Timeless Character Review: Wyatt Logan

*Warning: This post contains spoilers about the characters from the television series Timeless. Read at your own risk if you have not watched the first two seasons.

There is something to be said about a well written, human character. They leap off the page and speak to us as if they were right in front us, as flesh and blood human beings, instead of fictional creations.

In this series of weekly blog posts, I will examine character using the characters from Timeless to explore how writers can create fully dimensional, human characters that audiences and readers can relate to.

When one meets a member of the military, there is a certain expectation of who this person is. Especially if this person is male. On the battlefield, they are on the front lines, ready to fight. But when they return to civilian life, things are not as simple.

Wyatt Logan (Matt Lanter) is the brawn of the time team. Before traveling through time to save American history, he was part of the Delta Force. When it comes to battle, Wyatt is in his element. He has no problem stepping in and using force to keep the Lucy (Abigail Spencer) and Rufus (Malcolm Barrett) safe. But underneath that warrior shell is a deep personal loss that motivates Wyatt to fight.

Prior to joining the time team, Wyatt’s wife was murdered. He blamed himself and got lost in a haze of grief. Though he continued to put his marriage and his late wife on a pedestal, Wyatt revealed that their marriage was on shaky ground.

As Wyatt spent more time with Lucy and Rufus, he began to heal. He also fell in love with Lucy and she with him. But then, his wife was brought back to life and Wyatt was forced to make a choice. If that was not enough, his wife revealed that she worked for the enemy and everything in Wyatt’s world turned upside down once again.

To sum it up: Creating a character is about balance. Wyatt works as a character because he is both a bad ass soldier and a man dealing with complicated emotions. Both intertwine to create a character who is complicated, human and speaks to the audience.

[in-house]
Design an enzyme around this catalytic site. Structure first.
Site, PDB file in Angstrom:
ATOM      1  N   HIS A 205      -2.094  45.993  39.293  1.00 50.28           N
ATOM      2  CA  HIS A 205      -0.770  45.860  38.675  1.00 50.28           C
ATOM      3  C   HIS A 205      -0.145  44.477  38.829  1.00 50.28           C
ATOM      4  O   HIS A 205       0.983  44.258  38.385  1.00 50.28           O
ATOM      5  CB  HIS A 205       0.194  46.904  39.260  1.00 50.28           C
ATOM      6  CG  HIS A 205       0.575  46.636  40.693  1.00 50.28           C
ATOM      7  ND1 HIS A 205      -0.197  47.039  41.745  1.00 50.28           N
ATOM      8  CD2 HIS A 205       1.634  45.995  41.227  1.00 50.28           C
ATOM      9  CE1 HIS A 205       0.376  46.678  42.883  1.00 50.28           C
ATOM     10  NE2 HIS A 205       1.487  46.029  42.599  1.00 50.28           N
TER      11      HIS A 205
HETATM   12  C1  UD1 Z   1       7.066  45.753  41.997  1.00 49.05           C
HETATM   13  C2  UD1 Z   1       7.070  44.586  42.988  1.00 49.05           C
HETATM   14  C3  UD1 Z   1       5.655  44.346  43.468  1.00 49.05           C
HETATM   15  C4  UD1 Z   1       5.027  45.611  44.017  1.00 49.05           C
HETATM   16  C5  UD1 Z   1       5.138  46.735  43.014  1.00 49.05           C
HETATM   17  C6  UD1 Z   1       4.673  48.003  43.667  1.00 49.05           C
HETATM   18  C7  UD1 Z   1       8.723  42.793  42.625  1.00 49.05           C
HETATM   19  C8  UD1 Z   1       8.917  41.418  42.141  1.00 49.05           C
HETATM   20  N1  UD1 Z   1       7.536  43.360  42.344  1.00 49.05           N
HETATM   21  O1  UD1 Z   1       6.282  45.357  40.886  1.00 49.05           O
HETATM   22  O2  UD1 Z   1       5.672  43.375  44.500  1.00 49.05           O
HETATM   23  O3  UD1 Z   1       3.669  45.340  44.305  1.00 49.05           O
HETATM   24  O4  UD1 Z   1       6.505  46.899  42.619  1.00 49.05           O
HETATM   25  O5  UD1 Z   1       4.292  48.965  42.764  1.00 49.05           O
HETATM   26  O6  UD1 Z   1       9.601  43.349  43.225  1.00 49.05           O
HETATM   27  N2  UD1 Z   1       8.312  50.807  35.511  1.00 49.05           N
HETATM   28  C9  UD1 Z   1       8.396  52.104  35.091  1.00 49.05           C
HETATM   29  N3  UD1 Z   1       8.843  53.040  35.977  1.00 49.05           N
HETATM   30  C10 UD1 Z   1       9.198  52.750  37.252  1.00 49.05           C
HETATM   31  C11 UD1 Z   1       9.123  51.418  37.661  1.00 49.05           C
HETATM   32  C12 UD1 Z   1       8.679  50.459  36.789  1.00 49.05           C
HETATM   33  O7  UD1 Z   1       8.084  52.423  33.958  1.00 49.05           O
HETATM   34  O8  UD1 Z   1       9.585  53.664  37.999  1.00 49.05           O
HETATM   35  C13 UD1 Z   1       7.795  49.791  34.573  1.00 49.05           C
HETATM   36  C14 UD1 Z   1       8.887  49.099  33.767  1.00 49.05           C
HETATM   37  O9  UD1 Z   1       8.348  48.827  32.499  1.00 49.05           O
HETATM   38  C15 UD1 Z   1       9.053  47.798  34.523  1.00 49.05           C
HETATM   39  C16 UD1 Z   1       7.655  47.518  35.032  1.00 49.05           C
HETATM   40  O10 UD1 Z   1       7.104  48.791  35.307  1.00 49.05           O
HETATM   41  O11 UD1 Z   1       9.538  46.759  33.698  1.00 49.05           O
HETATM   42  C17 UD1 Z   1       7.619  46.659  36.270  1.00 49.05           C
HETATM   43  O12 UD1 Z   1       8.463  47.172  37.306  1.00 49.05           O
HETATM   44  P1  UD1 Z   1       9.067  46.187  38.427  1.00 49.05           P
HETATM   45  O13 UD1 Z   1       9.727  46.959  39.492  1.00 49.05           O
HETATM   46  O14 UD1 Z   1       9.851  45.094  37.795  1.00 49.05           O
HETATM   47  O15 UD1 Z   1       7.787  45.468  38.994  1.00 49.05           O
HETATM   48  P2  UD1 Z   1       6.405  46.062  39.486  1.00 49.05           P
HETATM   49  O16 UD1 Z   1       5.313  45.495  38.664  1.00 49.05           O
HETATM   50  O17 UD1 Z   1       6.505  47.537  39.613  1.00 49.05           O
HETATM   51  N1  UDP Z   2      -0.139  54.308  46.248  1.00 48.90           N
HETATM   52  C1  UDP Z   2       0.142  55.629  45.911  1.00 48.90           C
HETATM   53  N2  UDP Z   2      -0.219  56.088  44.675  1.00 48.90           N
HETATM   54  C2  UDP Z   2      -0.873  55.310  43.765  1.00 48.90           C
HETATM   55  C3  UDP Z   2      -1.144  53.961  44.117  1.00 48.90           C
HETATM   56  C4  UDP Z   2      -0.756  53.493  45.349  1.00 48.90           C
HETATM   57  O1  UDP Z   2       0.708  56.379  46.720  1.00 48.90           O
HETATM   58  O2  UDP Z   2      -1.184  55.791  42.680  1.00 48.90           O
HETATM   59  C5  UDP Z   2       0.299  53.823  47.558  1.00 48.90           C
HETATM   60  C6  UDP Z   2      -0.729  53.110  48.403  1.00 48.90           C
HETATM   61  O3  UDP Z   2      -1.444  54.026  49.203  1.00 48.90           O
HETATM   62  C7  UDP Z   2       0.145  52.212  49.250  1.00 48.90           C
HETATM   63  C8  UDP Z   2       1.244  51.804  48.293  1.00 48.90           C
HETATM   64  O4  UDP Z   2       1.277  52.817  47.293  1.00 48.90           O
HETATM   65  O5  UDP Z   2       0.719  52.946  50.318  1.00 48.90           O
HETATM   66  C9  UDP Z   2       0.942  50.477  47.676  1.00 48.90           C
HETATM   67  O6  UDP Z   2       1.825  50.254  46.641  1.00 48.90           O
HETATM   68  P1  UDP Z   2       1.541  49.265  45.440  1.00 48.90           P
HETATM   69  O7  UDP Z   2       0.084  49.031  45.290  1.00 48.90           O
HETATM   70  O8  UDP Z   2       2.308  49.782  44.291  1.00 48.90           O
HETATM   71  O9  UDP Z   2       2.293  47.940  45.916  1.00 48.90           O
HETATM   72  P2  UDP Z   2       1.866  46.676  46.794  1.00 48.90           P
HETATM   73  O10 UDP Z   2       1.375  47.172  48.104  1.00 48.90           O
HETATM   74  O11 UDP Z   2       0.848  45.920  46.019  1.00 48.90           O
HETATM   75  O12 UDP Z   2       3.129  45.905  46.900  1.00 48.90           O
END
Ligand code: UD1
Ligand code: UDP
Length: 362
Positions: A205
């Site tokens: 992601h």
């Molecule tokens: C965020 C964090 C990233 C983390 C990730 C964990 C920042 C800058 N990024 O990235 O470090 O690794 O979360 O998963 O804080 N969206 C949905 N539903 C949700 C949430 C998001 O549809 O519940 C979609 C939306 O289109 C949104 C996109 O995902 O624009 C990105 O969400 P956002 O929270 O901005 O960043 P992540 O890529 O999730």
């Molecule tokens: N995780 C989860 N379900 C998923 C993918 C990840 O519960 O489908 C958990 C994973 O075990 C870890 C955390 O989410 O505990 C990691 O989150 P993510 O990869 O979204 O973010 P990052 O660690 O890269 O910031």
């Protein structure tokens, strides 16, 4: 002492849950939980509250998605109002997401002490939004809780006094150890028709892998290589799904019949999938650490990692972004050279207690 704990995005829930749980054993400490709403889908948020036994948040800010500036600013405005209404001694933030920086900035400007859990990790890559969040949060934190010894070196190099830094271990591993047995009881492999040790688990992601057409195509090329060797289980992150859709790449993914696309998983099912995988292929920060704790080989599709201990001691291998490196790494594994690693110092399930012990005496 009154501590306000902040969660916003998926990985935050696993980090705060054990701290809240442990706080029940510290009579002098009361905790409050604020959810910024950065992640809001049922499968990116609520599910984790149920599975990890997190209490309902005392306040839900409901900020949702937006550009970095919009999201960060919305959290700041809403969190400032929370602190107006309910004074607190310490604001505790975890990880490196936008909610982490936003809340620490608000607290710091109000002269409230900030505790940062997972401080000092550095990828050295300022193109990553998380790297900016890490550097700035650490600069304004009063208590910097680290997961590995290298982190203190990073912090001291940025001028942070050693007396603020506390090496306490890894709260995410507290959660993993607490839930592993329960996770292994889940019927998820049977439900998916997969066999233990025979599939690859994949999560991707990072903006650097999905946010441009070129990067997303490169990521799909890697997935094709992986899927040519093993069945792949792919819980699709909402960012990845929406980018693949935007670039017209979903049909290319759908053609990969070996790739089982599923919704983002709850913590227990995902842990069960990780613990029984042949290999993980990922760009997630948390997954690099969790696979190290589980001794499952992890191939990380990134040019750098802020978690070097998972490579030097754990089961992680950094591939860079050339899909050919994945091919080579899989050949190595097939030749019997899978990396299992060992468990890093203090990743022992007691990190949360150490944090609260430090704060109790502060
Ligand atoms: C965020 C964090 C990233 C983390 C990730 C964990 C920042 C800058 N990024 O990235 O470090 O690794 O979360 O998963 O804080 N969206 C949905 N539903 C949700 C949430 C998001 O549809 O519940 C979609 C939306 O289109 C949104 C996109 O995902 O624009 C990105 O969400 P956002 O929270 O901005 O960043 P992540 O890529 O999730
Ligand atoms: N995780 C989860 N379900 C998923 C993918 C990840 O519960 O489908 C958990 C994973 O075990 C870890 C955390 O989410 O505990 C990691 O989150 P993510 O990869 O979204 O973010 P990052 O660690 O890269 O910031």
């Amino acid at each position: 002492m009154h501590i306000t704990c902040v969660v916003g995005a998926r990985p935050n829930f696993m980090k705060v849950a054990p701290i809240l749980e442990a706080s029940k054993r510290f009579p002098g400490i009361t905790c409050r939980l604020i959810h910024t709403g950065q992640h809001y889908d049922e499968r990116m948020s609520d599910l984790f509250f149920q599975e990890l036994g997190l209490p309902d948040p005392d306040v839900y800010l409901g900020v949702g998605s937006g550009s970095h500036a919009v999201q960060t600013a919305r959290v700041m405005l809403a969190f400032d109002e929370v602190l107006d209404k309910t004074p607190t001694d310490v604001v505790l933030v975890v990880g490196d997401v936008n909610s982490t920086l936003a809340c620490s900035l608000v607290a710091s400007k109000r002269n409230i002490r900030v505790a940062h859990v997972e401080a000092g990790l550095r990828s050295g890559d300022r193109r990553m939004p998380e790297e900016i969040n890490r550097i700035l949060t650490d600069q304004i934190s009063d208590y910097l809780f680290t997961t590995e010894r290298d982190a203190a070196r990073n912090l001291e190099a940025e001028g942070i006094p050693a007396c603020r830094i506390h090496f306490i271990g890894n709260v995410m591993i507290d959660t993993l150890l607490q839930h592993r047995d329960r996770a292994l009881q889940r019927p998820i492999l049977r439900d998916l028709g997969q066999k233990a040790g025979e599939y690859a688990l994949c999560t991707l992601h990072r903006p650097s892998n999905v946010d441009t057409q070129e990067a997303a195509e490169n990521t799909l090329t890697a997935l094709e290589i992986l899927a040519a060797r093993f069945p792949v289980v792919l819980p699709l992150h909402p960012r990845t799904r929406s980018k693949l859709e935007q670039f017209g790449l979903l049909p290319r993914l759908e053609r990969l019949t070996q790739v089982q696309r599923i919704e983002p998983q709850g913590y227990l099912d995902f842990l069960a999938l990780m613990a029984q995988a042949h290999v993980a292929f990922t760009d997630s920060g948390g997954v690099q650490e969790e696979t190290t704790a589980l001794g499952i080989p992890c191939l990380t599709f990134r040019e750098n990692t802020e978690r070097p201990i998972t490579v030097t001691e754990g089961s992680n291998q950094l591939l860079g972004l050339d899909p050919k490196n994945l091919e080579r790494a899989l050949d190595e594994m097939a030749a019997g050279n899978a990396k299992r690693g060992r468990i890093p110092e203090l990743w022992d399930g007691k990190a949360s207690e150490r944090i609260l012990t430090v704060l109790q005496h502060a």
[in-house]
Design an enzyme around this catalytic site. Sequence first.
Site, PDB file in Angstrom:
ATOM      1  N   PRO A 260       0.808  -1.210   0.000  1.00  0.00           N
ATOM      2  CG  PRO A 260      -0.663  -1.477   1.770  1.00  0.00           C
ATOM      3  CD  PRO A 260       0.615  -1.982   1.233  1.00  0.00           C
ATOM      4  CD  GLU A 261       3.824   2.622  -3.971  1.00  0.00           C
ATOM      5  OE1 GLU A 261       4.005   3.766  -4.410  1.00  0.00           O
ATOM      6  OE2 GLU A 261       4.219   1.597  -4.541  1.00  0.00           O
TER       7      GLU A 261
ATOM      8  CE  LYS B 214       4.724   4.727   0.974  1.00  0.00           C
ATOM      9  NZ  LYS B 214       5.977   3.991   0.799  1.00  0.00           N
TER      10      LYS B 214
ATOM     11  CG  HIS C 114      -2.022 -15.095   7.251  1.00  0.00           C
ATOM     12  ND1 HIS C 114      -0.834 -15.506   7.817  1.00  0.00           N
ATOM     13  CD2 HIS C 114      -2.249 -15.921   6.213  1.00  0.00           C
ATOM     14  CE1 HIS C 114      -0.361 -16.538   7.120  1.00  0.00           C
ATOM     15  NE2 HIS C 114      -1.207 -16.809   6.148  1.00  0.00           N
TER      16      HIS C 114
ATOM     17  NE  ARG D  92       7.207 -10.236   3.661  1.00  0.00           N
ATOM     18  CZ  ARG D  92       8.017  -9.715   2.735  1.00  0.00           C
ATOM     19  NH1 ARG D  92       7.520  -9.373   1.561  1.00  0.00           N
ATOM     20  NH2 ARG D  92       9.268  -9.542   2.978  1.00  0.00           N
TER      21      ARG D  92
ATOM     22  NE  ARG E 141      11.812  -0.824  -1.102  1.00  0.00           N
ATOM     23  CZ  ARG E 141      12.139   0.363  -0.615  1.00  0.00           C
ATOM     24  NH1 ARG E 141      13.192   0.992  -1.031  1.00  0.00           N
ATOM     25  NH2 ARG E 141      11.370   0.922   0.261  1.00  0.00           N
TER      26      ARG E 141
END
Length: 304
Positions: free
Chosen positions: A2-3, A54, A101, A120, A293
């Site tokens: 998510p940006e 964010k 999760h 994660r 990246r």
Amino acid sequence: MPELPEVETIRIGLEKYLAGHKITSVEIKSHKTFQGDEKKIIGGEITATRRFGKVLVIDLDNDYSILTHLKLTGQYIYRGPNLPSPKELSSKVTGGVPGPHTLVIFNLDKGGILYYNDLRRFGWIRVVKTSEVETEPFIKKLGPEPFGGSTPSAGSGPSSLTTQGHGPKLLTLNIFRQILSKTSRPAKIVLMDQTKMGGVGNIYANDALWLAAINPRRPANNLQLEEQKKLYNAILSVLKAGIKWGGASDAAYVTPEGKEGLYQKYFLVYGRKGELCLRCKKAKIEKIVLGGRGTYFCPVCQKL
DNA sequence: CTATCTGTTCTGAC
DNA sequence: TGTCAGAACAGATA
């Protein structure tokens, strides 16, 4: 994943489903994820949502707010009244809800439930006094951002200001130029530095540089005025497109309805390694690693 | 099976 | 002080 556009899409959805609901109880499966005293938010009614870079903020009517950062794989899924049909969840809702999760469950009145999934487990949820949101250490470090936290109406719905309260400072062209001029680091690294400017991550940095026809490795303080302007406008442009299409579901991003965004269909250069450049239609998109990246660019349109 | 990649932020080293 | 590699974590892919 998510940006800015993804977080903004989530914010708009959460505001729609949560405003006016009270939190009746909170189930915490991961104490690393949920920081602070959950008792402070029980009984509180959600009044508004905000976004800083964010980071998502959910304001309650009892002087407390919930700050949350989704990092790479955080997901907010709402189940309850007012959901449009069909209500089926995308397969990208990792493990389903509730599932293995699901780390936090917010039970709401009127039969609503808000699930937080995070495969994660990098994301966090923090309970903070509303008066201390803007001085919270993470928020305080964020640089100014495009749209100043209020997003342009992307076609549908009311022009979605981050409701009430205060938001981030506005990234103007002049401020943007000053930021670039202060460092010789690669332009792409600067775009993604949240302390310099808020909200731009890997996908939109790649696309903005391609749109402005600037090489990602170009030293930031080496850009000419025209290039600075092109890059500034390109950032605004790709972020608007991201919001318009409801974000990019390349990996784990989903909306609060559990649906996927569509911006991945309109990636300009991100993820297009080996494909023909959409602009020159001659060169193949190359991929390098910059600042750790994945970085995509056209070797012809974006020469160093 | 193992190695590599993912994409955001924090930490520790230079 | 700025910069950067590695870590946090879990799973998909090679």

Throwback Thursday-Pawn Stars (2009-Present)

Pawn shops don’t always have the best reputation. But sometimes, it’s the only option when one needs money fast.

The History Channel show, Pawn Stars, premiered in 2009 and has yet to leave the air. Set in the World Famous Gold & Silver Pawn Shop in Las Vegas, the show follows Rick Harrison, his father Richard “Old Man” Harrison, his son Corey “Big Hoss” Harrison and employee Austin “Chumlee” Russell as they go about their job working at the pawn shop. Every episode, a customer will bring in something to sell or pawn. There is usually some haggling and if needed, bringing in an expert to confirm the price of the object. At this point, a deal is made or the customer walks out still carrying what they came in with.

Yes, Pawn Stars is a reality show. But, Pawn Stars is different. Not only does the viewer learn something about the object in question, but they also don’t feel brain dead by the end of the episode.

I recommend it.


House of Gold Book Review

There is an old Chinese proverb:

“May you live in interesting times”

Natasha Solomons’s new book, House of Gold starts a few years before World War I. The Goldbaum family is one of the wealthiest and most powerful Jewish families in Europe. Everyone within the family knows their place and their responsibilities. The men go into the family business. The women marry their cousins and produce the next generation of Goldbaums. The main character in House of Gold is Greta Goldbaum. A member of the Austrian branch of the family, Greta is independent and intelligent. She would love to live by her own rules, but she also knows that she is going to do her duty, one way or another.

She marries Albert, a distant cousin from English branch of the family. Like many arranged marriages, their relationship is slow to take off. When Greta is made mistress of the family garden, she begins to see that things are not so bad. She may even start to get to know her husband in the process.

Then war breaks out. World War I consumes all of the Europe. There is no amount of influence or money that can shield the Goldbaums from the horrors of war. As the war rages on, the family is torn apart and Greta must make a decision. She must choose the family she left in Austria or the new family she has come to love in England.

This book is amazing. While the beginning of the narrative is a little slow, it takes off about a third of the way in and does not let go until the very end. What hooked me most is the main character. While Greta is certainly a woman of her time, she is not one to automatically submit to her husband. She is intelligent, a little defiant when she needs to be, and has a backbone.

Another reviewer compared House of Gold to Downton Abbey. The comparison is spot on and this book is amazing.

I absolutely recommend it.

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